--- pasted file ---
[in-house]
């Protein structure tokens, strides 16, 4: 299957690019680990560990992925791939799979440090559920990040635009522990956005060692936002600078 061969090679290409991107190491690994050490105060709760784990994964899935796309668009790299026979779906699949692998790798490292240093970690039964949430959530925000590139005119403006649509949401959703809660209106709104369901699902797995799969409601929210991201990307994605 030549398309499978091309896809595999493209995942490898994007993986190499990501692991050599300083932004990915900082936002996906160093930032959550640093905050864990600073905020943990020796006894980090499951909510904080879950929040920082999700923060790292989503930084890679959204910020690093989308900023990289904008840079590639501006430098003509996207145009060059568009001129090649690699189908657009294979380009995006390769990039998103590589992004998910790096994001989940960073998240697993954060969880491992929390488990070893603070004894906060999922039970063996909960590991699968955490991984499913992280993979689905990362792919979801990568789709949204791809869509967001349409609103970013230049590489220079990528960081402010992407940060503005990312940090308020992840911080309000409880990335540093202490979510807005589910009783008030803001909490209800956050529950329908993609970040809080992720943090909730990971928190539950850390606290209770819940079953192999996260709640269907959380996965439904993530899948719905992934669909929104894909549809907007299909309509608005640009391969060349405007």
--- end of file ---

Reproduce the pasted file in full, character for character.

[in-house]
């Protein structure tokens, strides 16, 4: 299957690019680990560990992925791939799979440090559920990040635009522990956005060692936002600078 061969090679290409991107190491690994050490105060709760784990994964899935796309668009790299026979779906699949692998790798490292240093970690039964949430959530925000590139005119403006649509949401959703809660209106709104369901699902797995799969409601929210991201990307994605 030549398309499978091309896809595999493209995942490898994007993986190499990501692991050599300083932004990915900082936002996906160093930032959550640093905050864990600073905020943990020796006894980090499951909510904080879950929040920082999700923060790292989503930084890679959204910020690093989308900023990289904008840079590639501006430098003509996207145009060059568009001129090649690699189908657009294979380009995006390769990039998103590589992004998910790096994001989940960073998240697993954060969880491992929390488990070893603070004894906060999922039970063996909960590991699968955490991984499913992280993979689905990362792919979801990568789709949204791809869509967001349409609103970013230049590489220079990528960081402010992407940060503005990312940090308020992840911080309000409880990335540093202490979510807005589910009783008030803001909490209800956050529950329908993609970040809080992720943090909730990971928190539950850390606290209770819940079953192999996260709640269907959380996965439904993530899948719905992934669909929104894909549809907007299909309509608005640009391969060349405007």